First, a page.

Ricky Carandang interrupts: the lobby hubbub has subsided. Bro. Eddie Villaneuva is there with him. He says: the Philippines is at a crossroads, and we will see which representatives are for the country or themselves. He hopes (and well, of course, prays) Edmund Reyes’s challenge for 6 more signatures will be answered positively. If that fails, he quotes Fr. Bernas (!) and says the last constitutional option is to go to the streets.
2:34 Joel Villanueva: yes, they’re 6 votes short. He’s confident his colleagues will “listen to the voice of the people.” It’s mixed metaphor time: he speaks of a “turbo blast” express train!
2:42 Rep. Crispin Beltran says if it had been up to him, they’d be on the streets by now. He mumbled something about 85 signatures and waiting for 90. I don’t know what on earth he’s talking about.
2:43 Rep. Roman is at the rostrum defending the consolidation of all the complaints.
2:45 Rep. Ortiga says he’s been silent and weighing his options. The “unruly, ungentlemanly, and irresponsible” behavior of the minority yesterday has made up his mind. He delivered big, he says, for Fernando Poe, Jr. But now he is for the President. He is applauded by the pro-President crowd and the Chairman does not bang his gavel to silence them.
Chairman Datumanong exhorts his colleagues to stick to the point (the 2nd prejudicial question). He is promptly ignored by the next speaker.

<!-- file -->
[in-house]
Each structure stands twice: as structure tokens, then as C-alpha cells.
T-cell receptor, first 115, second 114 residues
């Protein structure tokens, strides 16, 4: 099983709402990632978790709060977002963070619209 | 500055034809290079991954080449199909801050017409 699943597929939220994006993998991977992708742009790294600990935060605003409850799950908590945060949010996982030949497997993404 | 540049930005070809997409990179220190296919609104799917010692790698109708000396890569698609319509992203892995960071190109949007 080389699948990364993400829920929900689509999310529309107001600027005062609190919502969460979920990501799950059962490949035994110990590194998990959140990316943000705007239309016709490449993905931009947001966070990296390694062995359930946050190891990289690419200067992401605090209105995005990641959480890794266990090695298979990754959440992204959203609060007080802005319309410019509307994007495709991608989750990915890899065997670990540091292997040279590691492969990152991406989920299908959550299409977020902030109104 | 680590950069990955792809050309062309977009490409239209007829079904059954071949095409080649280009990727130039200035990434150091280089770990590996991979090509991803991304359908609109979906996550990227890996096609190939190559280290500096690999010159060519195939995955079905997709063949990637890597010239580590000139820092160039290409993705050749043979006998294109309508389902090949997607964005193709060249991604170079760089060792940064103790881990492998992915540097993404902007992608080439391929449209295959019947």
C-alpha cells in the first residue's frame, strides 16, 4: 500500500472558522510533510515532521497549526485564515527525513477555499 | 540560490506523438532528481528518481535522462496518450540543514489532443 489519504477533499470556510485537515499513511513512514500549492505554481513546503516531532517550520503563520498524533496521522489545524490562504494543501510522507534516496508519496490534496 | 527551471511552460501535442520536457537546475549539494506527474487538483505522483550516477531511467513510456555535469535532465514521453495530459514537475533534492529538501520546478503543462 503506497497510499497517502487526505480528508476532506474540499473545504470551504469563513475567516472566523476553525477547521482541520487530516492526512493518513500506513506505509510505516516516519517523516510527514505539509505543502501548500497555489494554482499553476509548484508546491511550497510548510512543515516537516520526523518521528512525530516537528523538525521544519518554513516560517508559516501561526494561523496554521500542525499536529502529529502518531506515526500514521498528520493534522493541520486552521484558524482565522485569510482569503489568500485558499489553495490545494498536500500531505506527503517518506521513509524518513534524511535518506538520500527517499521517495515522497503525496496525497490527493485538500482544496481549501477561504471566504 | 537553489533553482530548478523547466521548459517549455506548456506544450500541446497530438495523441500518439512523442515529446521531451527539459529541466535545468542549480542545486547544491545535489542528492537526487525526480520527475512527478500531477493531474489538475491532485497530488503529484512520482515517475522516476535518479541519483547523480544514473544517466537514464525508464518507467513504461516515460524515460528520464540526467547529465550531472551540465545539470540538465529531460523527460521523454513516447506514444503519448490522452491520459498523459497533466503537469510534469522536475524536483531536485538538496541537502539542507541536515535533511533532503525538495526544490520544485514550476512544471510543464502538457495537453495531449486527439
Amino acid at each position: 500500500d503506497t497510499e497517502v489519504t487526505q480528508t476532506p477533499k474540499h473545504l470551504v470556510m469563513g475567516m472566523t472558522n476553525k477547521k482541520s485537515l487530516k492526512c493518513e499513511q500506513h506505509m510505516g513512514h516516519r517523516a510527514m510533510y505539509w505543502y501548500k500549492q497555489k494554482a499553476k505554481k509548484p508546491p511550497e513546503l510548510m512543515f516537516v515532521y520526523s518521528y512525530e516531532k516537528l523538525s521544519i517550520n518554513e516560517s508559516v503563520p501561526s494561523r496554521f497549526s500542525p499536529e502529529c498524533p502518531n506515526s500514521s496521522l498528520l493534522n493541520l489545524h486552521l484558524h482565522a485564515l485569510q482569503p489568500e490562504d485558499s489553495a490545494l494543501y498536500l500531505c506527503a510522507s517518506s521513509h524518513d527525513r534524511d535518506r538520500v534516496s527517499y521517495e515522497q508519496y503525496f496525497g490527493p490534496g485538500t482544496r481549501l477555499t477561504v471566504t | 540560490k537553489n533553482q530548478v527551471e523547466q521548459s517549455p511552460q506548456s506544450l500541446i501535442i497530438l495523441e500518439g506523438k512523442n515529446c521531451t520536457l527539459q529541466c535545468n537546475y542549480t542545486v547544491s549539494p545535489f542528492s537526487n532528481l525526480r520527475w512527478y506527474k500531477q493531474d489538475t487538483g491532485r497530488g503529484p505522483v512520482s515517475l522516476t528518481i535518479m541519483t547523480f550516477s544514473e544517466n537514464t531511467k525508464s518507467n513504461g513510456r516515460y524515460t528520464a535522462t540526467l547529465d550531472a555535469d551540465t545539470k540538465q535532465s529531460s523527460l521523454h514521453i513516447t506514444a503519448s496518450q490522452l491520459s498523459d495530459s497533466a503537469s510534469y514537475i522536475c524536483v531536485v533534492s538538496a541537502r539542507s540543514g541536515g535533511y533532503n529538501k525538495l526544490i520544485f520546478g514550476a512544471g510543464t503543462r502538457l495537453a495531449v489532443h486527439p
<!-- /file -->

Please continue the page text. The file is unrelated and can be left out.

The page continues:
2:53 Rep. Antonino (Kampi) is shocked, shocked, he tells us, that he’d ever be accused of hiding the truth. He says, torture was once used to solicit the truth, but did that make it right? He then waves around and reads, his oath of office. Quotes the constitution.
3:02 Protesters clashing with riot police outside the House of Representatives.
3:04 Rep. Puentevella: I stand here to respond to two dear colleagues, Edmund Reyes and Butz Aquino. In the question of the truth, the other week I stood here and up to now, no one’s responded to his pointing out an Inquirer article (June 20, 2005) saying “Escudero said the opposition would boycott impeachment proceedings stemming from Lozano’s complaint.” It’s a plot!
Outside, video of protesters reforming their ranks and appeals from their leaders not to throw rocks.
3:14 After quoting “Dura lex, sed lex” in various Visayan languages, Puentevella ends. TV is replaying video of riot police hitting women protesters with sticks.